Progress hampered by symptom-based diagnosis

Progress remains limited

Everything we know about mental illness, from diagnosis to treatment, begins with a symptom-based checklist.

Imagine being diagnosed with cancer based on an interview examination, then being told there is no test to confirm the diagnosis nor to determine which treatment approach is optimal for you.

Despite the magnitude and growing recognition of the global impact of mental illness, the prevention, diagnosis and treatment of mental disorders has made limited progress in the last decade.

The problem with symptom-based diagnosis

Notwithstanding significant improvements in drug therapies and the promises inherent in genomic research, there have been few revolutionary advancements in the treatment and management of mental illnesses since the development of psychopharmacological treatments in the 1950s. The mental health field remains a subjective science: mental disorders are still diagnosed through symptom-based check lists.1 Although there have been thousands of studies looking for illness-specific biological markers, none has proven clinically actionable.2 Thus, there are no biological (blood, salvia, etc.) or genetic tests nor MRI scans that can confirm a diagnosis. Diagnostic manuals list some 300 to 400 mental disorders. Symptomatic of the subjective nature of diagnosis, this list grows or contracts with each new edition. Symptom-based diagnosis also creates potential for diagnostic error and delays in identifying an appropriate treatment approach.

Treatment, a game of trial & error

There is still no cure, although, there are effective psychiatric medications and therapies to manage the symptoms. Finding the right treatment assumes a correct initial diagnosis and the availability of an ‘effective treatment’: a relative term meaning a treatment outperformed a placebo by a significant margin in some, but not all, study participants. Thus, effectiveness is dependent on finding the right therapy or the right medication and dosage, if one exists, and can take months to years of trial and error.

Prevention, early intervention is key

Most mental illnesses and some physical illnesses that manifest across the lift spectrum right into old age are now being linked through epigenetic research to prenatal and early childhood experiences.3 However, we are only beginning to understand the impact of environmental factors such as stress, nutrition, poverty, etc. Investment in research on normal brain development and a better understanding of epigenetic factors that manifest in mental illnesses could eventually lead to interventions that significantly reduced exposure to risk factors.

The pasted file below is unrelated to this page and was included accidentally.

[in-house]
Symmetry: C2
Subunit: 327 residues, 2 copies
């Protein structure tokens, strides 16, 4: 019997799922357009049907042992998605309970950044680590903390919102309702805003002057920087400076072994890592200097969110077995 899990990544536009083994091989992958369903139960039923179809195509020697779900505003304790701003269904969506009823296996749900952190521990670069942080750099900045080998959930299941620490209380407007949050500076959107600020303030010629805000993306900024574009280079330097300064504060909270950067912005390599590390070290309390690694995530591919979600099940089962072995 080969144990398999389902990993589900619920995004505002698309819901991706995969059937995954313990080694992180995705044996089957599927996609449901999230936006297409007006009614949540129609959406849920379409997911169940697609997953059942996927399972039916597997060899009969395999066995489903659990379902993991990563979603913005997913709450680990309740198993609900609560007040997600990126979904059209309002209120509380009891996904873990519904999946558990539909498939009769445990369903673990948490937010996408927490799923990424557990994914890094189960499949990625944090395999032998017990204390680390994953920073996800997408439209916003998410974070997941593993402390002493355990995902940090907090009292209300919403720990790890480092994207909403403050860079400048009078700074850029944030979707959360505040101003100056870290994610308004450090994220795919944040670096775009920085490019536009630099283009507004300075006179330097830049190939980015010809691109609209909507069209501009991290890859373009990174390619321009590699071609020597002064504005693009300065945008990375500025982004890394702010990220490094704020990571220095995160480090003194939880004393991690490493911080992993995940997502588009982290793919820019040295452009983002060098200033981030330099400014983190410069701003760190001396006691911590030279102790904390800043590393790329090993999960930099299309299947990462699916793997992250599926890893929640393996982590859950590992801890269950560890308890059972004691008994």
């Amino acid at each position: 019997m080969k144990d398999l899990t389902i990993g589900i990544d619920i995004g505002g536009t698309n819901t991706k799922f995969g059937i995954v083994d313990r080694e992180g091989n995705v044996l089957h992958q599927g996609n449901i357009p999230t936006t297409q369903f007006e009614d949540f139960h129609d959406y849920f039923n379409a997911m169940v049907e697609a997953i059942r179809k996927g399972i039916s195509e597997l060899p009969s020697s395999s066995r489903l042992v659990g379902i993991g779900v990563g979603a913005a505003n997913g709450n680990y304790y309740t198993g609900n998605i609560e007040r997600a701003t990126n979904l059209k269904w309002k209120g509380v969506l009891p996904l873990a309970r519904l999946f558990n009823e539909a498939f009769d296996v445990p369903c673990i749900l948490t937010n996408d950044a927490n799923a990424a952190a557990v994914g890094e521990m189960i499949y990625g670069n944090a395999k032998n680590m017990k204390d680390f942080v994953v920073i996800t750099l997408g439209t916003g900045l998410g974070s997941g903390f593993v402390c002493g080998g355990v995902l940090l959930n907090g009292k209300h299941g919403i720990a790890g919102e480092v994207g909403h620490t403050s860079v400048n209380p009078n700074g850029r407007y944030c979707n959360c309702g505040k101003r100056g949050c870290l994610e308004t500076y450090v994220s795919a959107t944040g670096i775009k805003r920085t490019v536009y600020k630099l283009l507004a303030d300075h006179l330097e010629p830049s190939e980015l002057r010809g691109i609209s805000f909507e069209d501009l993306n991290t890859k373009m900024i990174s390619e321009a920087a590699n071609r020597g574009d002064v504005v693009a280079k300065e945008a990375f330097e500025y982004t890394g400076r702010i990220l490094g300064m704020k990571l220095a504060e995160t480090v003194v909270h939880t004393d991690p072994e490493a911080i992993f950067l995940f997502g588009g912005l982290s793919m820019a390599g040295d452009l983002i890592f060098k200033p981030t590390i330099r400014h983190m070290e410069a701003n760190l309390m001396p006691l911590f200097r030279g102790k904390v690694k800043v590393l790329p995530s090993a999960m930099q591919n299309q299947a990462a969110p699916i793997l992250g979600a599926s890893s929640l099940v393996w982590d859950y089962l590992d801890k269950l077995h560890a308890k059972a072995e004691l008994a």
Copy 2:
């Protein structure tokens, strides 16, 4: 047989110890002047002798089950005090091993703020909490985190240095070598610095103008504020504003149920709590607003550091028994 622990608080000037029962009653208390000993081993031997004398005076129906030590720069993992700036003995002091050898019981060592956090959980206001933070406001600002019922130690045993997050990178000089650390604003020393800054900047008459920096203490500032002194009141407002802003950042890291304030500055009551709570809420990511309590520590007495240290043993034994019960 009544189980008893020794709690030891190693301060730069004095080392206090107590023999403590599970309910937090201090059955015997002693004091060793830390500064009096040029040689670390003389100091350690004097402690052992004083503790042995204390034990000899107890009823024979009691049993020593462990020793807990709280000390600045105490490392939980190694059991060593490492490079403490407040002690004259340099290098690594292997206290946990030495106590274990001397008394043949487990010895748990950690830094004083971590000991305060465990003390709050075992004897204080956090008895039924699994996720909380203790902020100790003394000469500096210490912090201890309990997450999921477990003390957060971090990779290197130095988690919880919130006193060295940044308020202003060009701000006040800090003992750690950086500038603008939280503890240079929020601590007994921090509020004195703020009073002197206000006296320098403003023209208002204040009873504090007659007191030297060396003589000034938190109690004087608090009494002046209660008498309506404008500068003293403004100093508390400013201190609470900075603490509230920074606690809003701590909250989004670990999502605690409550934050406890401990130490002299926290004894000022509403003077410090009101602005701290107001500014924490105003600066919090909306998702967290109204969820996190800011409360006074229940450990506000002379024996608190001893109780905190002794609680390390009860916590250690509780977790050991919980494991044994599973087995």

Research, hampered by symptom-based diagnosis

Currently, because the brain remains a black hole -relatively unmapped- the primary approach to mental illness research begins with symptom-based diagnoses, which is problematic. In a given study, how do we know if (1) the control groups is really representative of ‘normal’ brain development and (2) the subject-participants, responders and non-responders alike, really had the mental illness being studied? How do we know if illnesses such as bipolar disorder and schizophrenia, which share some genetic similarities,4 are really two separate illnesses and not just part of a spectrum?5 Or conversely, like breast cancer or lung cancer, further break down in numerous subcategories.6 These are crucial questions pertinent to the development and testing of psychotic medications and other treatment approaches, as well as to the identification of prevention strategies.

What is normal or abnormal brain development?

Despite numerous advancement, we still do not have a clear physiological picture of what constitutes normal or abnormal brain development. New technologies, such as those being developed by the Ludmer Centre, will enable us to better map the brain, identify biomarkers, and deconstruct symptom-based categories of mental disorders.

Ludmer Centre approach to mental health research: innovative & cutting edge

  1. Girard, John Strategic Data-Based Wisdom in the Big Data Era, Suzanne Roff-Wexler, Chapter 6: On the Road to Ephesus, IGI Global, Feb 28, 2015,p 103
  2. Tomas Insel, New scientist, 19 August 2015, Psychiatry is reinventing itself thanks to advances in biology:
  3. Government of Canada (2006). The human face of mental health and mental illness in Canada.
  4. W Differences in Resting-State Functional Magnetic Resonance Imaging Functional Network Connectivity Between Schizophrenia and Psychotic Bipolar Probands and Their Unaffected First-Degree Relatives
    Meda, Shashwath A. et al. Biological Psychiatry, Volume 71, Issue 10, 881-889.
  5. Möller HJ. Bipolar disorder and schizophrenia: distinct illnesses or a continuum? J Clin Psychiatry. 2003;64 Suppl 6:23-7; discussion 28.
  6. Tomas Insel, New scientist, 19 August 2015, Psychiatry is reinventing itself thanks to advances in biology: